HomeAnalysisMoney supply growth induces Zimbabwe dollar weakening

Money supply growth induces Zimbabwe dollar weakening

BY CETERIS PARIBUS

IN Tuesday’s Reserve Bank of Zimbabwe auction results, the Zimbabwean dollar (Zimdollar) fell marginally against the greenback by 0,16% to ZW$84,1197 from a close of ZW$83,9830 in the prior week. The rate of depreciation on the interbank continues to subside thanks to rising forex supply and falling base money levels.

Although the gap between the parallel rate and official rate continues to widen at more than 40%, it has been stable for the past four weeks and is showing signs of moderation. Notably, the Zimdollar has shed circa 3% of its value on the interbank since the year started, begging the question of whether this run will be maintained. Well, a possible increase in the money supply in the months to come will likely have the effect of further weakening the Zimdollar.

In the week ending March 12, Reserve Money declined by ZW$1,91 billion (US$22,7 million) to ZW$18,72 billion  (US$222,6 million) from ZW$20,55 billion (US$244,3 million) in the previous week. This was principally owing to a reduction in banks’ RTGS balances at the RBZ. Meanwhile, currency in circulation also declined by ZW$24,06 million (US$286 087).

Government deposits at the central bank increased by ZW$3,08 billion (US$36,6 million), as companies began preparing for the March 2021 quarterly tax payments. This has the effect of withdrawing liquidity from the market. Partially offsetting the decrease in reserve money was an increase of ZW$116,83 million (US$1,39 million) in banks’ required reserves.

Reserve money refers to currency in circulation plus commercial banks deposits with the central bank. It is typically called base or high-powered money, implying that it has a higher propensity to impact monetary stability compared to M2 and M3 (broad money).

The central bank is targeting to tame reserve money growth to under 22,5% per quarter in 2021 from 25% in 2020, in a bid to maintain a grip on the relative inflation and exchange rate stability being currently experienced in the country.

This is a positive development because excessive growth in money supply has been a major driver of inflation. The slash in the reserve money growth target is also in line with targeted end-of-year inflation of below 10% and economic growth of 7,4%. With the harvesting season at bay, Zimbabwe supposes an output of between 2,5 million and 2,8 million tonnes of maize and 360 000 tonnes of traditional grains, in what could prove to be the largest yield achieved since the land reform was inaugurated in 2000.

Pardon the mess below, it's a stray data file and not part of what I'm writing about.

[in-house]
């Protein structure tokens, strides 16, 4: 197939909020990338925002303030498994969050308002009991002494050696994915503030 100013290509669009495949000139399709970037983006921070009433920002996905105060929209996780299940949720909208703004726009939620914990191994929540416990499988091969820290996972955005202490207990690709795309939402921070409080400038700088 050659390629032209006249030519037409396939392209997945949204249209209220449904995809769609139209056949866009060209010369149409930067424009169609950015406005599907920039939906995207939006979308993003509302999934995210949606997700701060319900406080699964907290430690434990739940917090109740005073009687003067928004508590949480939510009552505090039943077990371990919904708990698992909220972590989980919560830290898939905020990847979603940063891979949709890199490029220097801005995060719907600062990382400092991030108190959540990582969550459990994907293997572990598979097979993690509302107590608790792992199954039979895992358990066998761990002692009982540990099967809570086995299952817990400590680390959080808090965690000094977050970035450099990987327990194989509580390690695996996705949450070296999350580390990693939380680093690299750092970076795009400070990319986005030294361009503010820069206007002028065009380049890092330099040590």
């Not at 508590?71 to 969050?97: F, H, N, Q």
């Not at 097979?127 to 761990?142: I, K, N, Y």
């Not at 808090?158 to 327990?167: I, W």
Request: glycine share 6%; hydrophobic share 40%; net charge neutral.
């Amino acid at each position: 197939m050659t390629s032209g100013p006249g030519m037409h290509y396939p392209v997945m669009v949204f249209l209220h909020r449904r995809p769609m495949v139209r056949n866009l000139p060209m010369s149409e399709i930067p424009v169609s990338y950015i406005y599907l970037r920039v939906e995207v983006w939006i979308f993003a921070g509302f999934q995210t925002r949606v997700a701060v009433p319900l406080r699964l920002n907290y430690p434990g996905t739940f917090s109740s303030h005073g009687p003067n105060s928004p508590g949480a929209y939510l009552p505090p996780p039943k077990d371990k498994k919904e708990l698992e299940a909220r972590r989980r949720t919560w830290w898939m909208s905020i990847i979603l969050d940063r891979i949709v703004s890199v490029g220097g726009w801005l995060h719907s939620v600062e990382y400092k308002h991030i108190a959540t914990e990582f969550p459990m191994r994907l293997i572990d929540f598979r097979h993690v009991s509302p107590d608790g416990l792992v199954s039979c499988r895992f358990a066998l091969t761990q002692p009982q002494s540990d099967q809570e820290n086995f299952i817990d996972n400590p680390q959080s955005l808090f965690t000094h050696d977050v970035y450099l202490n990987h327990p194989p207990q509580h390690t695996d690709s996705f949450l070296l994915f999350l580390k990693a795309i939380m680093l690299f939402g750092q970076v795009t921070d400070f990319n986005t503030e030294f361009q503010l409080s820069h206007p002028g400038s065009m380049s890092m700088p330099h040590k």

Along with the anticipated harvest, the government requires ZW$60 billion (US$713,4 million) to buy maize from farmers this marketing season. The RBZ Chief, Dr John Mangudya, last week assuaged fears that the Government accounts would not meet payments for maize deliveries to the Grain Marketing Board (GMB) despite holding ZW$13 billion (US$154,57 million) against requirements of circa ZW$60 billion arguing the requirements were spread over four months (with no need to borrow from the RBZ).

However, according to precedence, this will likely trigger money supply growth as this is a situation, which would compel monetary authorities to print more money, ultimately triggering inflationary pressures on the market.

Meanwhile, the central bank increased required reserve ratio (RRR) on all call deposits from 2,5% to 5%. Since statutory reserves are a component of base money, the increase in the RRR has an effect of increasing reserve money balances.

In my view, this RRR adjustment is a submission by authorities that the local currency is not yet fully stable. By increasing the ratio, it reduces the amount available to banks for discretionary lending.Furthermore, the Bank’s policy rate for overnight accommodation was increased by 500 basis points. The move penalises speculative borrowing.  In the meantime, the economy is expected to recover slightly in 2021, mainly supported by expectations of resumption in external demand as a result of progress in vaccinations, buoyant agriculture performance and the progressive easing of Covid-19 restrictions.

Equity Axis analysts expect this to support the local currency and maintain a solid run against the US dollar this year.

Mabunda is an analyst and TV anchor at Equity Axis, a leading financial research firm in Zimbabwe. — ebenm@equityaxis.

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